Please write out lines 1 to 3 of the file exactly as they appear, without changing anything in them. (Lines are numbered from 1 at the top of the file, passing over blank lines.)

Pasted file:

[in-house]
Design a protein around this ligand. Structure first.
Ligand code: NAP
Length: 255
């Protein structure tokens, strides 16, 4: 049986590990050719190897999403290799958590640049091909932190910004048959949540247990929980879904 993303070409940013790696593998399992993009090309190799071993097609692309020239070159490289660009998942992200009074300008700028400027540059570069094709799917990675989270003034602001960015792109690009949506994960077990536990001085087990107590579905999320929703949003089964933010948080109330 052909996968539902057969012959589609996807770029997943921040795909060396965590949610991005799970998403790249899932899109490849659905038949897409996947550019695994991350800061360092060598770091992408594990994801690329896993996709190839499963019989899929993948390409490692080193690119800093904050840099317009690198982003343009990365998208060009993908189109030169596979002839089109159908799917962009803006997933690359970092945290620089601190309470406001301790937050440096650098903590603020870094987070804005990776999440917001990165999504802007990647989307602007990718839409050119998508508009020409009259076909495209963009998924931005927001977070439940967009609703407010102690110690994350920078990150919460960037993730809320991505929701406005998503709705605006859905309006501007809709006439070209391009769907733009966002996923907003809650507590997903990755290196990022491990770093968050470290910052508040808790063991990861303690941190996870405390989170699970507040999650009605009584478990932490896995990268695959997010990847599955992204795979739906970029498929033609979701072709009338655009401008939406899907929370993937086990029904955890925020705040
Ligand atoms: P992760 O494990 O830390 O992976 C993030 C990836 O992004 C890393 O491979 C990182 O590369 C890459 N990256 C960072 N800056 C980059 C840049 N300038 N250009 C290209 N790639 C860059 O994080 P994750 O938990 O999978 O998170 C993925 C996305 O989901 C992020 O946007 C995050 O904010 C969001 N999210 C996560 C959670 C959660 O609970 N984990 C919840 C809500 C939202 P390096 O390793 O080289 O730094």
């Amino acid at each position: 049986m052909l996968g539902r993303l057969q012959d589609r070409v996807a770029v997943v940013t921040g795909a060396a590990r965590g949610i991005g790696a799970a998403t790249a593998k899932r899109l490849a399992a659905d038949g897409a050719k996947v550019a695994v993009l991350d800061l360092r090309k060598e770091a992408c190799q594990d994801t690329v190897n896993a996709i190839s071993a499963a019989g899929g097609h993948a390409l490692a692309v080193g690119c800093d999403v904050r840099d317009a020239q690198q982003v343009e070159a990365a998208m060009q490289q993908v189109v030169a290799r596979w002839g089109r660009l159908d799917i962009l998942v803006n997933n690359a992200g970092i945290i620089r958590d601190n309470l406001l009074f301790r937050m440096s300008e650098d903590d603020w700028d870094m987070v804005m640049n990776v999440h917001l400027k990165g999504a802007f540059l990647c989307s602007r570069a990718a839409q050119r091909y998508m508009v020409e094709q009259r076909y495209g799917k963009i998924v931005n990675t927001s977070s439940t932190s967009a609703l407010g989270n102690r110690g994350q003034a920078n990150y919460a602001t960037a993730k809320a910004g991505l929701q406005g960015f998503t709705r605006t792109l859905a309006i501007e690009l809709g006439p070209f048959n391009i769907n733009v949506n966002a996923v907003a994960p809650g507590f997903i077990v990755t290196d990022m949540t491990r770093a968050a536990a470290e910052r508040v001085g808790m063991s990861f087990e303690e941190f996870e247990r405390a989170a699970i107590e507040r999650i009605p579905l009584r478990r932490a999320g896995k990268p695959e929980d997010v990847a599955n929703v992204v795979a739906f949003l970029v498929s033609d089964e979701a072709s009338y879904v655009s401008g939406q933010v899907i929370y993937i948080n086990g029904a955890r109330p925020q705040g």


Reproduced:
[in-house]
Design a protein around this ligand. Structure first.
Ligand code: NAP